Monday, 7 December 2009

Brothers, Cornell grads develop solar powered heating tubes

From the simple educational products they created in their basement more than a decade ago to their expansion into home heating, sunlight has always been part of the Farrell brothers' vision. Now the solar thermal products of Silicon Solar, the Ithaca-based company Cornell University graduates Adam and Matt Farrell founded, will be heating water for the 608-bed Wallkill Correctional Facility near New Paltz in the Hudson Valley. The installation of their company's solar thermal heating tubes, which will use sunlight to heat water for the prison, is a milestone for them, said Adam Farrell.

The brothers' heating tubes also are being installed in 10 Tompkins County locations, primarily residences, he said. "We wanted to show that solar thermal is economical, feasible for municipal use and practical," Adam said. Their company began in their Sidney home during their high school years, Adam said. They built small educational kits, some of which involved solar cells, which convert sunlight to electricity. "Our original mission was to provide affordable educational solutions to students, teachers and universities," he said.

Through the turn of the century, their college years and beyond, the business expanded as they created a Web site and began to craft solar-integrated products like solar lights, fountains, solar panels, solar energyed batteries and power supplies for small appliances, he said.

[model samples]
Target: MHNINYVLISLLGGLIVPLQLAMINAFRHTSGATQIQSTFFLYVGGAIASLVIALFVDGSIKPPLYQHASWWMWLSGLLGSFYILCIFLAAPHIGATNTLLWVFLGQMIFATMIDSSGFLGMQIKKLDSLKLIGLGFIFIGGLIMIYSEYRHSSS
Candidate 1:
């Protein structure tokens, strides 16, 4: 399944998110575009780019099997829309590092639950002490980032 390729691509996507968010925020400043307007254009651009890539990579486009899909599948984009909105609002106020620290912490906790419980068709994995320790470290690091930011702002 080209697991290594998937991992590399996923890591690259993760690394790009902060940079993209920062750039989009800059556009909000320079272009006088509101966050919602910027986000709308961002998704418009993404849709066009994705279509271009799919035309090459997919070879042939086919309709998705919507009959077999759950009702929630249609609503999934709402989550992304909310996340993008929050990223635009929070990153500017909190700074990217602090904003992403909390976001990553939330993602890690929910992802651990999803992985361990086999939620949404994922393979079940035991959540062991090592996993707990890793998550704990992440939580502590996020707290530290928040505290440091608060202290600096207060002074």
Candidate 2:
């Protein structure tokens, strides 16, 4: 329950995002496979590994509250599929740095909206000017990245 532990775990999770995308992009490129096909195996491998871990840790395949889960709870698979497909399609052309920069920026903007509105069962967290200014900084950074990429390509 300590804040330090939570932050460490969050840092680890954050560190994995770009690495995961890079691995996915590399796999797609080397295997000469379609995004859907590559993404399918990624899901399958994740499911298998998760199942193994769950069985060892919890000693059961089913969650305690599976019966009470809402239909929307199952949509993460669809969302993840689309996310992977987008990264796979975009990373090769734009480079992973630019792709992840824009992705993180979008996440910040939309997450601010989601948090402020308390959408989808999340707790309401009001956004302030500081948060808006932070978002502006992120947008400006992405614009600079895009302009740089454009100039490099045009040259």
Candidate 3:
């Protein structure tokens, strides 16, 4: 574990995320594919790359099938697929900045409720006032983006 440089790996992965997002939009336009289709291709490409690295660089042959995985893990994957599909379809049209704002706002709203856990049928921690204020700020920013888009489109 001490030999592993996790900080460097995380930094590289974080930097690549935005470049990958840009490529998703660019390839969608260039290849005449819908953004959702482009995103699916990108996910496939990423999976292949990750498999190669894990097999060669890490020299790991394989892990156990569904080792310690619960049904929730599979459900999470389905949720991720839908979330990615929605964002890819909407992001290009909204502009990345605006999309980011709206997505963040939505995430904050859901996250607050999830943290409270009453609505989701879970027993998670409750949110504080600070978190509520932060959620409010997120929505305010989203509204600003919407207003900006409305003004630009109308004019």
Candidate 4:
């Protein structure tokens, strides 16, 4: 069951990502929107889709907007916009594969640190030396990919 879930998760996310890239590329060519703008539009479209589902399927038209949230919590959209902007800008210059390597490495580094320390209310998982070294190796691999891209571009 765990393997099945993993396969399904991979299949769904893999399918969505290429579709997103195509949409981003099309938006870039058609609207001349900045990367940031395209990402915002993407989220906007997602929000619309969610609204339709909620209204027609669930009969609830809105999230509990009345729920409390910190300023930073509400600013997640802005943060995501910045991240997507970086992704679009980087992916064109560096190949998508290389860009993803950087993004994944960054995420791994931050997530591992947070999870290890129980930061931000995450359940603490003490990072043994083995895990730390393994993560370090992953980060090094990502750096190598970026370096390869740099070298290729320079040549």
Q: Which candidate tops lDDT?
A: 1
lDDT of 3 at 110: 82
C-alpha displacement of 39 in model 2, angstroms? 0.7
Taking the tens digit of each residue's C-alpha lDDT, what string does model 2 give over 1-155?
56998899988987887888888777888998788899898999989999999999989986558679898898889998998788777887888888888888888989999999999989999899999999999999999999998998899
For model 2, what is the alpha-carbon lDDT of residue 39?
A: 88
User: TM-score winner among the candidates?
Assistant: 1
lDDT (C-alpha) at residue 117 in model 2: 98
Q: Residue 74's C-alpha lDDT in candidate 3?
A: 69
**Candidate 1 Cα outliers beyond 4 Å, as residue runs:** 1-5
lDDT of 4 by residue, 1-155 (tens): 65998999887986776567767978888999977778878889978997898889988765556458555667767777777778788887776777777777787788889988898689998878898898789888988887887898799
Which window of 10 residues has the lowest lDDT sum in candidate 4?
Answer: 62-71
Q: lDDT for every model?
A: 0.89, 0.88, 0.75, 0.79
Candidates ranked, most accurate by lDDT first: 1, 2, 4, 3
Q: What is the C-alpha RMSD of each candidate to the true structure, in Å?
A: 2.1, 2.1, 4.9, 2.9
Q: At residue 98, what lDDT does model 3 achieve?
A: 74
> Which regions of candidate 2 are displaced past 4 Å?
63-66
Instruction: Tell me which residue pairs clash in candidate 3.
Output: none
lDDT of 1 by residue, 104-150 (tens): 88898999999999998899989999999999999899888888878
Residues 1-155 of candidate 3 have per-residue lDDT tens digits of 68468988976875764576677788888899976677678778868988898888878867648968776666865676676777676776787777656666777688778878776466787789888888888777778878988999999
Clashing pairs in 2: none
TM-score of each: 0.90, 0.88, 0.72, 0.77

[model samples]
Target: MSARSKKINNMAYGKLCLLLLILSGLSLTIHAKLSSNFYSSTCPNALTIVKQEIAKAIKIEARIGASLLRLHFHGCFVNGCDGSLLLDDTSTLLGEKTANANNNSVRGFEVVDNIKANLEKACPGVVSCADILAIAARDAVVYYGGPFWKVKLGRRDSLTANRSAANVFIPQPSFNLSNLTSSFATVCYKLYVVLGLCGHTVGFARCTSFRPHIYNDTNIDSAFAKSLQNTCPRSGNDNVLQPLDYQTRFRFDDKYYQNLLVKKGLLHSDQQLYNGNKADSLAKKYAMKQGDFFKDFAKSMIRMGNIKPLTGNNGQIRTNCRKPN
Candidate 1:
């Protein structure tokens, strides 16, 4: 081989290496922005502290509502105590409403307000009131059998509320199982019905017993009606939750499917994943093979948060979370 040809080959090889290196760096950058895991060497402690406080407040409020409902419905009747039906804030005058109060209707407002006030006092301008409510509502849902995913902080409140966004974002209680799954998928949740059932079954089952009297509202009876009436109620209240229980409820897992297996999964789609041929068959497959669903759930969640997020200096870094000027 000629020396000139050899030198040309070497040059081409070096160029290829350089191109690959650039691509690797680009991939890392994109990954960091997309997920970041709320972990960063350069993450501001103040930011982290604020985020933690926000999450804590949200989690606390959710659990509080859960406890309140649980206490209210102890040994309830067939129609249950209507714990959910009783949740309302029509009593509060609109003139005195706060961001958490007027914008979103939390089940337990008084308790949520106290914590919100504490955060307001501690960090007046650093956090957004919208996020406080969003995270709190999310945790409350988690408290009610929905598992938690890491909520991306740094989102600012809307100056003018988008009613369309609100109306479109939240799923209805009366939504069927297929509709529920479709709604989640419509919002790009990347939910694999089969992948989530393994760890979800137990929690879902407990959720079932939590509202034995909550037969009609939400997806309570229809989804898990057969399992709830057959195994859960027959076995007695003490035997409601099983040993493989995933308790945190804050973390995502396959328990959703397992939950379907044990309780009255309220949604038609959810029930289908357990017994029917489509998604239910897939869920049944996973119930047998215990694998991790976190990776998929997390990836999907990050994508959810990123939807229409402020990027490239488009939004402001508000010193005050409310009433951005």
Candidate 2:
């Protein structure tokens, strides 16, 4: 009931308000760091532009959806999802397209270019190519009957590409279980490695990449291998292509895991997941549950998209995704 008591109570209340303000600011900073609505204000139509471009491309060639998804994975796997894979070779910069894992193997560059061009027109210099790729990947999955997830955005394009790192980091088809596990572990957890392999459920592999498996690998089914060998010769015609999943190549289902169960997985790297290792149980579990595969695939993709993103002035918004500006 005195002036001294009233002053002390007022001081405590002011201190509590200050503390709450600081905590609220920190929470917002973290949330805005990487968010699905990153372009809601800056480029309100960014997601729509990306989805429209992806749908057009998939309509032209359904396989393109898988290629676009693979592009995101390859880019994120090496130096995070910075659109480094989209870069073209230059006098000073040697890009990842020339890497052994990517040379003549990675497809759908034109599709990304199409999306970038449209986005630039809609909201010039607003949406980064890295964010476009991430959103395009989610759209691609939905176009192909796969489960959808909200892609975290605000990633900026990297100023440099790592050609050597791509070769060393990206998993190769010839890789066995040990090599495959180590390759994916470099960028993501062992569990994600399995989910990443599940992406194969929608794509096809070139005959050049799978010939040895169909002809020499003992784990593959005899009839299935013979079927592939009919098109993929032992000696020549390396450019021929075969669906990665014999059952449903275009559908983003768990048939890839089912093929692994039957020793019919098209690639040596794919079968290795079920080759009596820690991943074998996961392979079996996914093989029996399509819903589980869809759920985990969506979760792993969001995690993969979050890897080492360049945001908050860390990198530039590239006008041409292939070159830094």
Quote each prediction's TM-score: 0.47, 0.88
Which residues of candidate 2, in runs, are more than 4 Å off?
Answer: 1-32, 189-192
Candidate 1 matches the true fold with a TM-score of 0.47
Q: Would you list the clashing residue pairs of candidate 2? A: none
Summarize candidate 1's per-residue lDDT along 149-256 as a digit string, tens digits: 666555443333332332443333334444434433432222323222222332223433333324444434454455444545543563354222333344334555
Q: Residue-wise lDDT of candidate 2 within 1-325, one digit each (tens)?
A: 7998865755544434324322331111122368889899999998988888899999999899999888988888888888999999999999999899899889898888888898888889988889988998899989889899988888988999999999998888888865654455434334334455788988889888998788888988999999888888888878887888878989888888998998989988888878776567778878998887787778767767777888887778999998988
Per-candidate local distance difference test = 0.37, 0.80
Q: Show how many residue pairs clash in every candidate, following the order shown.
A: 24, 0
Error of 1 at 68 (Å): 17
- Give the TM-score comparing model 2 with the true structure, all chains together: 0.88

Then one sunny day, he saw steam coming off the deck of his house, Adam said. "We said, 'What about hot water?'" Adam said. Though initially reluctant, they ventured into solar thermal in 2005. While it was a steep learning curve that forced changes to their infrastructure, "solar thermal was an obtainable goal for us," he said. "We've really focused our company's resources on solar thermal in the last two years," he said.

Their heating pipes, made from two layers of borosilicate glass separated by a vacuum, contain a glycol-water solution with a low boiling point, Adam said. Sunlight heats the solution, the heating pipe transfers heat to a manifold, and the manifold heats water in a separate pipe for cooking, washing or space heating systems. "From a liability standpoint, it's a very safe system," he said.

In the Wallkill project, heated water will travel about 290 feet from their system to the prison water supply. Since some solar radiation is always hitting the Earth, the system is always working, Adam said. "Wind, cloudiness or rainy or snowy conditions do not affect the collectors," he said. "Only the intensity of the sun affects it." The pipes are made at their Bainbridge facility. The brothers moved their headquarters - - which includes marketing, sales and administration - - from Bainbridge to Ithaca in March.

The headquarters is located in offices on Catherwood Drive near the Pyramid Mall. Most of their staff went to Cornell, Adam said. "We're an information-based, tech-intensive industry," he said. "We're taking advantage of the area's brainpower. The people here are doing what they want to do. Our employees are all passionate about solar energy." As is Adam. "I like the sun, and I love solar technology," he said. "It's fascinating. The opportunities are endless, in terms of new ideas and technologies." "We're committed to building the Ithaca community," he said. "We want to make Ithaca the solar thermal capital of America."